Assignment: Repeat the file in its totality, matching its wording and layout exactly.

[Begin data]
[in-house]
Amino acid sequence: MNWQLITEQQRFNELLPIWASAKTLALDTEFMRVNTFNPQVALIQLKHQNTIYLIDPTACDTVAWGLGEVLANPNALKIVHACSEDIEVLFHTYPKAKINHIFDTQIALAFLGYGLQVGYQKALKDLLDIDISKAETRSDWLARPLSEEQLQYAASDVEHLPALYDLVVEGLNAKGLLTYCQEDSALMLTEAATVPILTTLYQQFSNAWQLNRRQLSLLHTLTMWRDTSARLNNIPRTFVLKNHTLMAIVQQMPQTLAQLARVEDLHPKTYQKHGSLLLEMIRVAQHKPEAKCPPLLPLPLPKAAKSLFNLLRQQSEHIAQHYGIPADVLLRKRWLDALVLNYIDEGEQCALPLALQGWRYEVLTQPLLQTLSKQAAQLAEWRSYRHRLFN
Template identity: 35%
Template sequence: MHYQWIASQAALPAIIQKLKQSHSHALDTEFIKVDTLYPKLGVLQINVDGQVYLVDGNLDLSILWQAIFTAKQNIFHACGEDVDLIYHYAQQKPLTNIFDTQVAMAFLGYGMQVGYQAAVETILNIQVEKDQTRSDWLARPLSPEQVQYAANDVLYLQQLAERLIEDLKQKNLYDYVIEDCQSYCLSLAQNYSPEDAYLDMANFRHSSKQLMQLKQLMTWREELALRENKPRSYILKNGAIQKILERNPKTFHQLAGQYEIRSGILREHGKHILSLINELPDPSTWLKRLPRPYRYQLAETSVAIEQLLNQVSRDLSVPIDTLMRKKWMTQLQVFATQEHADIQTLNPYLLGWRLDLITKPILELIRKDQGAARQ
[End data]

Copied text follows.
[in-house]
Amino acid sequence: MNWQLITEQQRFNELLPIWASAKTLALDTEFMRVNTFNPQVALIQLKHQNTIYLIDPTACDTVAWGLGEVLANPNALKIVHACSEDIEVLFHTYPKAKINHIFDTQIALAFLGYGLQVGYQKALKDLLDIDISKAETRSDWLARPLSEEQLQYAASDVEHLPALYDLVVEGLNAKGLLTYCQEDSALMLTEAATVPILTTLYQQFSNAWQLNRRQLSLLHTLTMWRDTSARLNNIPRTFVLKNHTLMAIVQQMPQTLAQLARVEDLHPKTYQKHGSLLLEMIRVAQHKPEAKCPPLLPLPLPKAAKSLFNLLRQQSEHIAQHYGIPADVLLRKRWLDALVLNYIDEGEQCALPLALQGWRYEVLTQPLLQTLSKQAAQLAEWRSYRHRLFN
Template identity: 35%
Template sequence: MHYQWIASQAALPAIIQKLKQSHSHALDTEFIKVDTLYPKLGVLQINVDGQVYLVDGNLDLSILWQAIFTAKQNIFHACGEDVDLIYHYAQQKPLTNIFDTQVAMAFLGYGMQVGYQAAVETILNIQVEKDQTRSDWLARPLSPEQVQYAANDVLYLQQLAERLIEDLKQKNLYDYVIEDCQSYCLSLAQNYSPEDAYLDMANFRHSSKQLMQLKQLMTWREELALRENKPRSYILKNGAIQKILERNPKTFHQLAGQYEIRSGILREHGKHILSLINELPDPSTWLKRLPRPYRYQLAETSVAIEQLLNQVSRDLSVPIDTLMRKKWMTQLQVFATQEHADIQTLNPYLLGWRLDLITKPILELIRKDQGAARQ